Engaging in the Liberating Experience of Education

By Hopp, Carolyn Walker | Black Issues in Higher Education, March 14, 2002 | Go to article overview

Engaging in the Liberating Experience of Education


Hopp, Carolyn Walker, Black Issues in Higher Education


The ominous reports of the state of education in this country reflect the desire of American education to rigorously prepare its students to the extent that the measurement of their academic per formance can be compared to high-performing students anywhere. However, measurements of performance have evolved into high-stakes accountability, and our education systems continue to be guided -- even ruled -- by the requirements of high-stakes testing. Students of color continue to be outperformed on standardized tests, and teachers of color consistently lament unfair practices in the design and implementation of these tests. Educators seem to be spinning their wheels in their attempts to raise the level of student achievement.

In all the turmoil that high-stakes testing has created, there has been a deafening silence of practicing K-12 educators of color as leaders of conversations that address not only bridging the achievement gap, but that also address pedagogy that engages children in high-level thinking, self-actualization and liberating educational experiences -- what scholar bell hooks in 1994 called "engaged pedagogy."

When I left my high school classroom and moved into higher education, I was happy to begin working with teachers, particularly those who teach in urban settings where there are more challenges to maintaining student achievement. But, what I have come to understand goes beyond the challenges teachers in urban settings face in terms of student achievement. I have come full circle in developing understanding of my own context as an African American educator in the College of Education at a metropolitan university. My voice is indeed important in the conversations and writing about teacher practice, and what it means to engage students in meaningful learning and conversations that challenge views of their world -- and mine. …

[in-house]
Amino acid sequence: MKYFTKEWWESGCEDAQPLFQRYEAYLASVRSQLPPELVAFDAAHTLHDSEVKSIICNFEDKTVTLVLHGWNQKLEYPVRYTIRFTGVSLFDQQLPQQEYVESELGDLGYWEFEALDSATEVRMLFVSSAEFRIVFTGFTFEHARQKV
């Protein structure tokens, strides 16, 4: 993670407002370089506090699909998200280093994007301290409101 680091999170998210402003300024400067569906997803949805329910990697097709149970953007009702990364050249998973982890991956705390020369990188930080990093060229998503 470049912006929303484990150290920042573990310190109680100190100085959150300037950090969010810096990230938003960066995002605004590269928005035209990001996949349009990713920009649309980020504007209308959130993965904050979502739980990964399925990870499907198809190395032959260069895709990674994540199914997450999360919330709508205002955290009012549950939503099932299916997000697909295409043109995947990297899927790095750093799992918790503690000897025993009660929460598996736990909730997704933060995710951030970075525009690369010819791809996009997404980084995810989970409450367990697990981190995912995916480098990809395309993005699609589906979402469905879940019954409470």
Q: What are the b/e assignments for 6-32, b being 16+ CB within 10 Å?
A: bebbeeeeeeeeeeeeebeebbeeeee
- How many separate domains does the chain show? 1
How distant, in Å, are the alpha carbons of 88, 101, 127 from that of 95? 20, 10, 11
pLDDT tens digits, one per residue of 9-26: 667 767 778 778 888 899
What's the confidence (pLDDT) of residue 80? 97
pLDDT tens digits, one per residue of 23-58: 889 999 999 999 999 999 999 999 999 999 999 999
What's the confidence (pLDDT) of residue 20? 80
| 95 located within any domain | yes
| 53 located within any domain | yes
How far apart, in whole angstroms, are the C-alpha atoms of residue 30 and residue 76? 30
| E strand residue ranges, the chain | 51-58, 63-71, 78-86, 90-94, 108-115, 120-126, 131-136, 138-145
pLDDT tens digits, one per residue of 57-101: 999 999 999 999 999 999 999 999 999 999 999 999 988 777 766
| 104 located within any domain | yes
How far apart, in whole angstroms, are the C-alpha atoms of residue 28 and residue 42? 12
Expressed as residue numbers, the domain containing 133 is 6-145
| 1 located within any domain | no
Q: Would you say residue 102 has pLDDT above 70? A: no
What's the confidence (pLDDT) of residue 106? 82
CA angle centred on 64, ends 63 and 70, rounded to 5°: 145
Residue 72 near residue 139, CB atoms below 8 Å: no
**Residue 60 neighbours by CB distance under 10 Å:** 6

The rest of this article is only available to active members of Questia

Sign up now for a free, 1-day trial and receive full access to:

  • Questia's entire collection
  • Automatic bibliography creation
  • More helpful research tools like notes, citations, and highlights
  • Ad-free environment

Already a member? Log in now.

Notes for this article

Add a new note
If you are trying to select text to create highlights or citations, remember that you must now click or tap on the first word, and then click or tap on the last word.
One moment ...
Default project is now your active project.
Project items

Items saved from this article

This article has been saved
Highlights (0)
Some of your highlights are legacy items.

Highlights saved before July 30, 2012 will not be displayed on their respective source pages.

You can easily re-create the highlights by opening the book page or article, selecting the text, and clicking “Highlight.”

Citations (0)
Some of your citations are legacy items.

Any citation created before July 30, 2012 will labeled as a “Cited page.” New citations will be saved as cited passages, pages or articles.

We also added the ability to view new citations from your projects or the book or article where you created them.

Notes (0)
Bookmarks (0)

You have no saved items from this article

Project items include:
  • Saved book/article
  • Highlights
  • Quotes/citations
  • Notes
  • Bookmarks
Notes
Cite this article

Cited article

Style
Citations are available only to our active members.
Sign up now to cite pages or passages in MLA, APA and Chicago citation styles.

(Einhorn, 1992, p. 25)

(Einhorn 25)

1

1. Lois J. Einhorn, Abraham Lincoln, the Orator: Penetrating the Lincoln Legend (Westport, CT: Greenwood Press, 1992), 25, http://www.questia.com/read/27419298.

Cited article

Engaging in the Liberating Experience of Education
Settings

Settings

Typeface
Text size Smaller Larger Reset View mode
Search within

Search within this article

Look up

Look up a word

  • Dictionary
  • Thesaurus
Please submit a word or phrase above.
Print this page

Print this page

Why can't I print more than one page at a time?

Full screen

matching results for page

Cited passage

Style
Citations are available only to our active members.
Sign up now to cite pages or passages in MLA, APA and Chicago citation styles.

"Portraying himself as an honest, ordinary person helped Lincoln identify with his audiences." (Einhorn, 1992, p. 25).

"Portraying himself as an honest, ordinary person helped Lincoln identify with his audiences." (Einhorn 25)

"Portraying himself as an honest, ordinary person helped Lincoln identify with his audiences."1

1. Lois J. Einhorn, Abraham Lincoln, the Orator: Penetrating the Lincoln Legend (Westport, CT: Greenwood Press, 1992), 25, http://www.questia.com/read/27419298.

Cited passage

Thanks for trying Questia!

Please continue trying out our research tools, but please note, full functionality is available only to our active members.

Your work will be lost once you leave this Web page.

For full access in an ad-free environment, sign up now for a FREE, 1-day trial.

Already a member? Log in now.